Rally-turned-rallycross driver Sloan Cox, from Rotorua, scored a pleasing third place in his first event in the rapidly growing Australian rallycross series over the weekend, gaining valuable experience to take into his next RX Academy round in Finland next month.
The 26-year-old is the only New Zealander competing in the Scandinavian RX Academy, a five-event and coaching programme designed to help competitors develop a career in rallycross, one of the fastest growing forms of motorsport.
Offered the opportunity to also contest a round of the 2018 Australian Rallycross Series (RXAus), Cox was keen to gain further on-track experience in rallycross, particularly in a front-wheel-drive car similar to the one he uses for the RX Academy.
“It was another big weekend of learning,” says Cox of the Australian event held at Marulan circuit about two hours south of Sydney on 27 May where he competed in the Open 2WD class in a Ford Fiesta owned by Rallycross Australia director Justin Dowell.
“There were five in our class and, for me, it’s about learning more about front-wheel-drive and how they handle on the tarmac sections of the mixed gravel and tarmac rallycross tracks.
“We raced on a brand-new track – it was finished only a week earlier following a $3million upgrade as a serious rallycross circuit. It was fantastic. I felt the car handled really well and I learnt a lot to take back to the RX Academy in three weeks.”
Cox says the event – round two of the Australian series – was run fast and efficiently.
Sloan Cox enjoyed his first experience of rallycross in Australia.
“We got 10 minutes of free practice, then qualifying where your fastest lap time counted for your start position in the racing heats. I was third quickest in qualifying, then fourth in each of the two heats where the strategies of when to take the joker lap are really important.”
Third in the final heat, Cox was third on the grid for the semi-final, but finished fourth. “That race was six laps and the brakes were getting pretty hot.
“Our crew sorted the problem so I could give it my best shot for the final. I started fourth on the outside going into the first corner. I stuck close to the back of the two Escorts who had the lead. When the driver in the Polo in fourth did his joker lap, I held off doing mine until a bit later, coming back into the main track close to the leaders and ahead of him to finish third.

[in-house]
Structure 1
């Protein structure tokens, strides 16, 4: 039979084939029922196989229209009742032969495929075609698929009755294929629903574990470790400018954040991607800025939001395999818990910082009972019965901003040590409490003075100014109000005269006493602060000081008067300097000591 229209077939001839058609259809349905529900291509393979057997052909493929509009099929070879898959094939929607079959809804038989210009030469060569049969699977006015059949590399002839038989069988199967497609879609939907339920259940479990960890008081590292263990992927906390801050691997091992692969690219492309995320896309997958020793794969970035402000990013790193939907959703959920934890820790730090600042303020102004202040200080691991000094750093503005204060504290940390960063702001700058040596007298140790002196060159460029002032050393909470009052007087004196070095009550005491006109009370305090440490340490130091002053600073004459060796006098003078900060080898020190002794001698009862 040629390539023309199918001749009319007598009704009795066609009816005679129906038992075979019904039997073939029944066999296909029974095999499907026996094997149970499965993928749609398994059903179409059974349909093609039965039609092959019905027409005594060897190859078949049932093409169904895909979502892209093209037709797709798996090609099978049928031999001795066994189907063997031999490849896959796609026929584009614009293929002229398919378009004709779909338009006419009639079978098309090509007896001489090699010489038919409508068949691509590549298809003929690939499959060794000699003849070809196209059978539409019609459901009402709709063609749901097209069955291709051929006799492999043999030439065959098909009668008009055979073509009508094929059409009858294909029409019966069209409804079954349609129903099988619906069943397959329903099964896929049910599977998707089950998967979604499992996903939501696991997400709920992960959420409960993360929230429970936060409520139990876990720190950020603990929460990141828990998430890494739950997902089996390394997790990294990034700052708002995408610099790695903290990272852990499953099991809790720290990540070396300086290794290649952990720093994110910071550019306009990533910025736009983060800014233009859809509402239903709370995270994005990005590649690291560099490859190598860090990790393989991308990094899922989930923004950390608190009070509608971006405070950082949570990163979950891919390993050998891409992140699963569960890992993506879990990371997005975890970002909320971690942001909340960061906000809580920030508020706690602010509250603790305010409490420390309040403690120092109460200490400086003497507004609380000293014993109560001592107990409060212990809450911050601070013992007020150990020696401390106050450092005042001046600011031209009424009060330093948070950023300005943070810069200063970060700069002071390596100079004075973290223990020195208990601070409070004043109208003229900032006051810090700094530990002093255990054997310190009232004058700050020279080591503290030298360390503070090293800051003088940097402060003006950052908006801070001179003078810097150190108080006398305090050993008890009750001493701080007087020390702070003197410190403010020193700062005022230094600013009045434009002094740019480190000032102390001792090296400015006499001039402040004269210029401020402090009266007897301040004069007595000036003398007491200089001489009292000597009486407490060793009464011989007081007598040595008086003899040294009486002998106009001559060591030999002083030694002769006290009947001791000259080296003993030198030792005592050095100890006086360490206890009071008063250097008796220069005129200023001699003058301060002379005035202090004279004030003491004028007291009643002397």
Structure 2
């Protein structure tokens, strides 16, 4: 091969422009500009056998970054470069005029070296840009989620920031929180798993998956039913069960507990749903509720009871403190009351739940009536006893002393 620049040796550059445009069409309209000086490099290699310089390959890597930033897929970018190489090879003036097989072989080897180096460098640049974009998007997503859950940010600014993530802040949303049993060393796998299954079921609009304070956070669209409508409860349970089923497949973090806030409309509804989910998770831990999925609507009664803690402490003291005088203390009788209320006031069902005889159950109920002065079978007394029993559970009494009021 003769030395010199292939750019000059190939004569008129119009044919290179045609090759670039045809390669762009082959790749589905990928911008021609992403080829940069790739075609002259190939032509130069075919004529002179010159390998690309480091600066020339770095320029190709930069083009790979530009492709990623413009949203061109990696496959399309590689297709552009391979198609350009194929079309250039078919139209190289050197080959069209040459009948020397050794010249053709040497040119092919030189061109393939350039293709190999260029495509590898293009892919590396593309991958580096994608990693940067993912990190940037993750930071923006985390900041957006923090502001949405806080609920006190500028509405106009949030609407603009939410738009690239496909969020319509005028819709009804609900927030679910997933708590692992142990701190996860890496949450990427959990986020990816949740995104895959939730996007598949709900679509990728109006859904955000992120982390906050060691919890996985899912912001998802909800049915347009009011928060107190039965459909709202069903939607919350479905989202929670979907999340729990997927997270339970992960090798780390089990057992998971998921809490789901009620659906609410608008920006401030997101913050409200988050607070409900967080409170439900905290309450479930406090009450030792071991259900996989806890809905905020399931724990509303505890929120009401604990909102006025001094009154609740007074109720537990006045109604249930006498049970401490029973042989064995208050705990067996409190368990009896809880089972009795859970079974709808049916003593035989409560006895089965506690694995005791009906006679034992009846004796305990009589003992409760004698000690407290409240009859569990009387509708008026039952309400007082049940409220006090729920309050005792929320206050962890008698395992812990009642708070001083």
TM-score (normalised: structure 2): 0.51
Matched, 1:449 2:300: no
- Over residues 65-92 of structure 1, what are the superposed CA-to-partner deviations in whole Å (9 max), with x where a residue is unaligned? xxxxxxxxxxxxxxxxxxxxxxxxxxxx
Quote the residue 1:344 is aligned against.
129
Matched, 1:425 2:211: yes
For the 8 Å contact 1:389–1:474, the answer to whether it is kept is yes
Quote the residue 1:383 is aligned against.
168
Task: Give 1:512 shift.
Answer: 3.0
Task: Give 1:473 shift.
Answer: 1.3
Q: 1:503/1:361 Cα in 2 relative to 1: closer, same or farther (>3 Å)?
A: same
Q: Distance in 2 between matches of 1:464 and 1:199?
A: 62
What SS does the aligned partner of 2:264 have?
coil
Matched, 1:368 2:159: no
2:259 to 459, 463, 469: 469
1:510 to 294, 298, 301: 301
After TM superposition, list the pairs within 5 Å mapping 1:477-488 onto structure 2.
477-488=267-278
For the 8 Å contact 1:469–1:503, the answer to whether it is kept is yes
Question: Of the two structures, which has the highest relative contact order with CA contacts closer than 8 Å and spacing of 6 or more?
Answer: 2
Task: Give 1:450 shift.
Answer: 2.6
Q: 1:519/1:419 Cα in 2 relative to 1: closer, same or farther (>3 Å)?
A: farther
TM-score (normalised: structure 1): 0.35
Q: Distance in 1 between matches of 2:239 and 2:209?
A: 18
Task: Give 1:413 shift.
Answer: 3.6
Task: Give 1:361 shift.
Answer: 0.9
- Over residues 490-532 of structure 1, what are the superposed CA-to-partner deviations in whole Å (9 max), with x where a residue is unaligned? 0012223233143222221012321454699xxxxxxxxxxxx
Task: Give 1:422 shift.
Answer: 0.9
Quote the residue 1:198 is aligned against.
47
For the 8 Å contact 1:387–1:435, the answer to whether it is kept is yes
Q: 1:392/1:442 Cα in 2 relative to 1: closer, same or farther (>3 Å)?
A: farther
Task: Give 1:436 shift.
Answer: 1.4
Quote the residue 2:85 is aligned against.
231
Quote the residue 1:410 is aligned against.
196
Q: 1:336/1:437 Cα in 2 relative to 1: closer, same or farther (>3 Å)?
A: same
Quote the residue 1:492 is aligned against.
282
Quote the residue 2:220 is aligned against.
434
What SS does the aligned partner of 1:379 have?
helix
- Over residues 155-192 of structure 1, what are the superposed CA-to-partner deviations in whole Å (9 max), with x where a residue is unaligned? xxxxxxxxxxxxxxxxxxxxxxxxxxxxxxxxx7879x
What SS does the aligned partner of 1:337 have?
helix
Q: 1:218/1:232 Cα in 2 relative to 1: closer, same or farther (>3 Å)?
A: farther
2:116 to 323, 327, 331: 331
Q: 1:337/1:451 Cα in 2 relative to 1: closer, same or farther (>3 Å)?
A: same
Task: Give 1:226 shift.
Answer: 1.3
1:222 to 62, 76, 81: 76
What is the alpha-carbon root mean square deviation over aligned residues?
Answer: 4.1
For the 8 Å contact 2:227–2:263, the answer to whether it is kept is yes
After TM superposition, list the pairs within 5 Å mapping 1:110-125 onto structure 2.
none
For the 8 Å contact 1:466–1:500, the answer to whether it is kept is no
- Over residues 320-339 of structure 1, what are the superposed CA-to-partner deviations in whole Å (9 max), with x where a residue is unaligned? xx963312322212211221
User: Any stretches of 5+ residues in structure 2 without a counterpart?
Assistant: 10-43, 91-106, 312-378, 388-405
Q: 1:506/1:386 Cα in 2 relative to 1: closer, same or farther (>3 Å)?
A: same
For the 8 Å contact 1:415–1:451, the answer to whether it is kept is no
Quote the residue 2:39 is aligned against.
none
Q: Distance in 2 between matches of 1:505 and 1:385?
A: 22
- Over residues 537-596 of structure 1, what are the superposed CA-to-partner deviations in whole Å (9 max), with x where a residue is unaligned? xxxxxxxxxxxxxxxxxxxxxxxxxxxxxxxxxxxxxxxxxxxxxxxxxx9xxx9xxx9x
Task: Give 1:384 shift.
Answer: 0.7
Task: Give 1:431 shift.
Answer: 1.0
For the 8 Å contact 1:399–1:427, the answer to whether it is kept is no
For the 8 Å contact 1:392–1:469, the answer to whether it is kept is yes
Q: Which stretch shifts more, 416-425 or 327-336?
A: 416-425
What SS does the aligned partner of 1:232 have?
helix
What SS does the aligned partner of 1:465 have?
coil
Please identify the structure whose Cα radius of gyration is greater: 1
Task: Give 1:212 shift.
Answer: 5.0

"I was really pleased to show more speed in the final and be a bit closer to the guys in front.”
The whole strategy of rallycross, with small starting grids of five to eight cars, close side-by-side racing and the joker lap, is still new for Cox, so he’s been working hard on learning the specific race craft needed for the intense, short format of rallycross.
“A big thanks for Justin Dowell for the whole weekend. He and Troy, who’s in the RX Academy with me, looked after me well. Justin owns quite a lot of the RX cars in Australia and leases them out. You can see that RXAus has really stepped up and become a lot more like European rallycross.
"I’d love to come back and race here again, perhaps in one of our cars from New Zealand.
“The Fiesta was a bit different to the Renault Clio I used in Europe, but the whole weekend offered great learning for my next RX Academy event in Finland on 16 June.”
Cox would be delighted to take out the RX Academy winner’s prize – a fully-funded drive in five European races in the RX2 International Series or a full season in the FIA European Rallycross Championship for Super1600.
Following the June 16 round in Honkajoki, Cox has three more RX Academy events – 11 August (Jalasjärvi), 25 August (Kouvola) and the final on 7 October at Tierps in Sweden.
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